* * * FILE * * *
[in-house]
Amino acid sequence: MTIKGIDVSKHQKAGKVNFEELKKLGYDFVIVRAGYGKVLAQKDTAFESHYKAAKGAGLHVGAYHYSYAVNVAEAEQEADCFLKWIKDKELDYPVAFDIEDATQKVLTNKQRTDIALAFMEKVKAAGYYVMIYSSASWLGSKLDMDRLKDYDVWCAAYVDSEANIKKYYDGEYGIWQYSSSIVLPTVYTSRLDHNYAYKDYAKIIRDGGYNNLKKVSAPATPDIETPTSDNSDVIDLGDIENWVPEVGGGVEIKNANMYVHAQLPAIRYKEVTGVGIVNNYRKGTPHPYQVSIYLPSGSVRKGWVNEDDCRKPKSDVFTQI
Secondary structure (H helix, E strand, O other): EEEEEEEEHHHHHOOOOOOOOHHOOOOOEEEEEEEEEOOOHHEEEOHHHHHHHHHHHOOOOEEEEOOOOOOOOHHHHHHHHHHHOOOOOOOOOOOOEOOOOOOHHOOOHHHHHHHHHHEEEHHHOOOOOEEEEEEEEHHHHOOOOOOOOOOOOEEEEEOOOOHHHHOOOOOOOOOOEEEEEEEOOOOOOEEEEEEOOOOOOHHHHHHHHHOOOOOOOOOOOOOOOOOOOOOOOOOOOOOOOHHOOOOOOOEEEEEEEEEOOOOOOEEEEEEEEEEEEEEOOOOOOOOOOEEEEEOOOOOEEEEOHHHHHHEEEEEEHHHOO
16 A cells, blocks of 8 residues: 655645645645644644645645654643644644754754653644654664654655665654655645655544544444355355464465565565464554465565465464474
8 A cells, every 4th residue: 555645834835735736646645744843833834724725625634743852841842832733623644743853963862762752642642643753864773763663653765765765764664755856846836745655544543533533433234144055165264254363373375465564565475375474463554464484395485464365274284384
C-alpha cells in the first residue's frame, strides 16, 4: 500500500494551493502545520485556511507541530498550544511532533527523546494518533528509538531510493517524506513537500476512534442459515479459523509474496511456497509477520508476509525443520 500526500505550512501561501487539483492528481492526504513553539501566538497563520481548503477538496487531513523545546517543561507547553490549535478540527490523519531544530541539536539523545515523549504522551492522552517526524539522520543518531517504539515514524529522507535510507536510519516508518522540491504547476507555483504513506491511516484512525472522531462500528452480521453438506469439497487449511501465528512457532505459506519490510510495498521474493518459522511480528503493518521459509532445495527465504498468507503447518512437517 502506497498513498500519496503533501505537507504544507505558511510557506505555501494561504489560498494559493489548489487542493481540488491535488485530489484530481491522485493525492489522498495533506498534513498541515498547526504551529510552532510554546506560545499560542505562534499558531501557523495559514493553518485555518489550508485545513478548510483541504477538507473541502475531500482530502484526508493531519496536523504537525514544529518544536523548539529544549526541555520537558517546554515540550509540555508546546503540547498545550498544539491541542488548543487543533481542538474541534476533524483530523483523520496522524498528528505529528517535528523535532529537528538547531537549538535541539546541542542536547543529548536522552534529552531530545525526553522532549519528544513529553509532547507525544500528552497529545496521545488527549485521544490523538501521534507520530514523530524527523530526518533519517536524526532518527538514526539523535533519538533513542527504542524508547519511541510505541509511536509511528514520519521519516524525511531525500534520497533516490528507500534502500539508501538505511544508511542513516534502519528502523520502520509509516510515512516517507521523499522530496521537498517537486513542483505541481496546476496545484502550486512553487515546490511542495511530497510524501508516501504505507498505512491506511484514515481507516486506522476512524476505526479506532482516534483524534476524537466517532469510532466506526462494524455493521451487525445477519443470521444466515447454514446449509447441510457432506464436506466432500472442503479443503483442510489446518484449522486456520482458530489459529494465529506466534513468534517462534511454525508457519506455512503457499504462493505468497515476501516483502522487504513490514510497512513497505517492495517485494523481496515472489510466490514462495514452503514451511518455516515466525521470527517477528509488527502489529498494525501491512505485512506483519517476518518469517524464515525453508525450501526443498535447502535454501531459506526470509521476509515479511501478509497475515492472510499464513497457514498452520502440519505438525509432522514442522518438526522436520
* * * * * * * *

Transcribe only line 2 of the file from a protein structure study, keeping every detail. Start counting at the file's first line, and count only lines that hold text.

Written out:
Amino acid sequence: MTIKGIDVSKHQKAGKVNFEELKKLGYDFVIVRAGYGKVLAQKDTAFESHYKAAKGAGLHVGAYHYSYAVNVAEAEQEADCFLKWIKDKELDYPVAFDIEDATQKVLTNKQRTDIALAFMEKVKAAGYYVMIYSSASWLGSKLDMDRLKDYDVWCAAYVDSEANIKKYYDGEYGIWQYSSSIVLPTVYTSRLDHNYAYKDYAKIIRDGGYNNLKKVSAPATPDIETPTSDNSDVIDLGDIENWVPEVGGGVEIKNANMYVHAQLPAIRYKEVTGVGIVNNYRKGTPHPYQVSIYLPSGSVRKGWVNEDDCRKPKSDVFTQI